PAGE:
November 24th, 2009 beckel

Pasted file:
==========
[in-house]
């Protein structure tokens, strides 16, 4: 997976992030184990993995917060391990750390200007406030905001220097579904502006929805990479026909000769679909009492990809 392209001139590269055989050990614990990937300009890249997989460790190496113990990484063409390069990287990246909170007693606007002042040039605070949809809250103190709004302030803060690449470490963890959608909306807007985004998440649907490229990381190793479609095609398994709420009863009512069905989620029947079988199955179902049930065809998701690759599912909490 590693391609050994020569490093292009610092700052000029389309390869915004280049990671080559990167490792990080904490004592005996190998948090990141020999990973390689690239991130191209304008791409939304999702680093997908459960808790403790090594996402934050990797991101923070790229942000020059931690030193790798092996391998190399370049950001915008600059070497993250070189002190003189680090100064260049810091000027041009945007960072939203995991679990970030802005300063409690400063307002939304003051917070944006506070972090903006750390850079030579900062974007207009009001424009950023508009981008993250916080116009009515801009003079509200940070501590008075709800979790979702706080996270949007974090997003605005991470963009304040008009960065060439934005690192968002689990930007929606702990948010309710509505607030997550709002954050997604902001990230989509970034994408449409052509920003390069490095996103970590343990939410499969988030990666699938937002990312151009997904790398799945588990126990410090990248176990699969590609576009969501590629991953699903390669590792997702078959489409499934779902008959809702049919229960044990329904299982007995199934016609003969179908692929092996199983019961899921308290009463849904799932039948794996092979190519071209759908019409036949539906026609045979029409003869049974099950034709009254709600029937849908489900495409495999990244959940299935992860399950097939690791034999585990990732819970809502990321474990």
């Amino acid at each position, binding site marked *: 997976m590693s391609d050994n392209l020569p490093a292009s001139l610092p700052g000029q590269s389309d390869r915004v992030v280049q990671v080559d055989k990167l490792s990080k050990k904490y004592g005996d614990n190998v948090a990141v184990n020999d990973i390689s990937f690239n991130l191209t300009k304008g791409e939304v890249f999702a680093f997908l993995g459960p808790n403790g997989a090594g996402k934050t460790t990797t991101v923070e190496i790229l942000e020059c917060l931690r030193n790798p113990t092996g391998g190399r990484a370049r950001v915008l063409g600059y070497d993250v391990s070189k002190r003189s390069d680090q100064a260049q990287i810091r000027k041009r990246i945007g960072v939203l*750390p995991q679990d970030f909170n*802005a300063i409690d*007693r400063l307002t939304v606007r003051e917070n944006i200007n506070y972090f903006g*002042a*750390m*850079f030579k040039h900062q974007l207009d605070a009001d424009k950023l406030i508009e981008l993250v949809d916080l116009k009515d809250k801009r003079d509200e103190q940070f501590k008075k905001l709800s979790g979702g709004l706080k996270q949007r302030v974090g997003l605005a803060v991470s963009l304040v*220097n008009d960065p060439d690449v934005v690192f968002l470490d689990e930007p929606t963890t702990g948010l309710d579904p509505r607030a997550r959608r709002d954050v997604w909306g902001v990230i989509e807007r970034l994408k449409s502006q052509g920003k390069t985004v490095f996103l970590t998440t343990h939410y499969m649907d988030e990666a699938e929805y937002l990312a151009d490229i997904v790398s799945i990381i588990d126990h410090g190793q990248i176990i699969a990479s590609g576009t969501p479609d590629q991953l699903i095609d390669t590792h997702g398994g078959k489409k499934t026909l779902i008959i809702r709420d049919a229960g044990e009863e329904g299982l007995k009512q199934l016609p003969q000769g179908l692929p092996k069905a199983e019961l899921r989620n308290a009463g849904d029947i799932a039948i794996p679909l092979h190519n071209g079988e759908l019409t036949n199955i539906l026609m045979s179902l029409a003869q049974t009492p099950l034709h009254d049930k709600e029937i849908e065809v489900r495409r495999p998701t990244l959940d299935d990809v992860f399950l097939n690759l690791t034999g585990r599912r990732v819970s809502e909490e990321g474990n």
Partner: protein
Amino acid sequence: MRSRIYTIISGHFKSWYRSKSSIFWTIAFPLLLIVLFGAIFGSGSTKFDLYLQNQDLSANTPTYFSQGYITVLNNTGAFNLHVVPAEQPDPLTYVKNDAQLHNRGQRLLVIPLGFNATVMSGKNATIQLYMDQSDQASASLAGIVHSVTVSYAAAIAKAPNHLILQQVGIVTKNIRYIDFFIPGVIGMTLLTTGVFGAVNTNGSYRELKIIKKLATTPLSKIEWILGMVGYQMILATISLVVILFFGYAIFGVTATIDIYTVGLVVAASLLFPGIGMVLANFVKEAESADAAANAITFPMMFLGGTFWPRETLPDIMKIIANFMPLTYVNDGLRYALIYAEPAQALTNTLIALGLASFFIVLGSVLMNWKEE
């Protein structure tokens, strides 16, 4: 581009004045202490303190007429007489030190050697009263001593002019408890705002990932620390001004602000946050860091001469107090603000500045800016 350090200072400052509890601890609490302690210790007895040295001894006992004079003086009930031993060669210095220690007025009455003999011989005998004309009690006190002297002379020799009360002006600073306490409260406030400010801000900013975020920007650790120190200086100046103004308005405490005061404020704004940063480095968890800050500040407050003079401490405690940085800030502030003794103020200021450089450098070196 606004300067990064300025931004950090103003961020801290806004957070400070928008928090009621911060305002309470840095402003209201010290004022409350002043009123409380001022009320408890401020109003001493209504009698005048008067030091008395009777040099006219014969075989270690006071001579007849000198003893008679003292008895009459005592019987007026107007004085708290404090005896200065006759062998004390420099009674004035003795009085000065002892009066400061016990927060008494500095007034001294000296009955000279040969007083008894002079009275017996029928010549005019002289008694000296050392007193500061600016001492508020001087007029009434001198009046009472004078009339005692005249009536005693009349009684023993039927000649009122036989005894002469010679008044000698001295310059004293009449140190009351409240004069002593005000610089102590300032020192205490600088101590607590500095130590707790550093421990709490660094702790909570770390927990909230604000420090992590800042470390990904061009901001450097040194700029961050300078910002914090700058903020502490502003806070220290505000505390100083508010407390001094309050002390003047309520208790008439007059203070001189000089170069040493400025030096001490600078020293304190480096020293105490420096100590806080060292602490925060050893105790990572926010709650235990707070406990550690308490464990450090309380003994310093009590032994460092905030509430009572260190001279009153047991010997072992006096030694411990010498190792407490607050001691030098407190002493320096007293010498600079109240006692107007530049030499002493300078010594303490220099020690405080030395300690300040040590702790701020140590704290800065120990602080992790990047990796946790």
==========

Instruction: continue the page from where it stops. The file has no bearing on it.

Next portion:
Today I have a beer I should have enjoyed some time ago but never got around to purchasing, until last month or so when I noticed there was still one bottle left on the shelves of The Four Firkins. It is the Schneider brewed version of a set of collaborative ales by Hans-Peter Drexler of the fore mentioned Schneider Weisse (or G. Schneider & Sohn as they call their brewery) and Garret Oliver of Brooklyn Brewingg. Apparently Hans was a big fan of Brooklyn’s hoppy East India Pale Ale and Garret admired the delicate balance of flavors in Schneider Weisse so they decided to have some fun and brew two very similar hoppy Weizenbocks with different varieties of local hops and release each through their distribution networks. I have not had the opportunity to sample the Brooklyn versionÂ but I am quite excited to try this version which was brewed with an equal amount of Pale Wheat Malt and Pale Two-row Barley malt, hopped with Hallertauer Saphir for aroma and Hallertauer Tradition for bitterness then further dry hopped with3 more pounds Hallertauer Saphir per barrel for a week. Thirsty yet? I know I am. This ale pours a lovely hazy apricot hue and is only slightly translucent. Head was smaller than I expected of a wheat beer creating under two fingers of tight white head, though I didn’t pour particularly vigorously. On the other hand the head retention is superb leaving me with about a millimeter of tight bubbles for more then the last 15 minutes. Aroma is quite delicious, full of gentle banana, clove, and other herbal aromas I expect from the style as well as a very refreshing citrus and floral note from the Hallertauer hops in addition to a small amount of alcohol. Hop flavors come through delightfully contrasting balancing wonderfully with the wheat in the ale creating many citrus like flavors ranging from grapefruit to apricot and perhaps other light pitted fruits. The delicious and delicate wheat flavors we expect from a brew like Schneider Weisse are showcased wonderfully even with the assertive hopping allowing delicious gentle bread notes to flourish and grow. A variety of spices are present and play a nice balancing role to the solid hop profile. When I first read that this ale was only 40 IBU I was a bit surprised, but after sampling it is very apparent that though this is a wonderfully hopped ale with delicious citrus and floral notes, it is only gently bitter. I find the mouthfeel of this ale to be a bit more on the syrupy or sweet side but i think it is largely to do with the fact that this big beer has such a light body. Even at 8.2% ABV this is one drinkable ale, but be careful as the alcohol is only modestly notable. Definitely a solid ale that I will happily drink more of if I can find it. A wonderful example of what can happen when people work together; the solid complexities of a brewery that has been making traditional German beers for over a century and the wonderful hop assertiveness of many progressive American breweries. If you dig wheat beers and don’t mind some quality hoppy presence or even better yet if your scared of wheat beers and want to try something you won’t regret this is the beer for you. Give it a shot and ride your bike.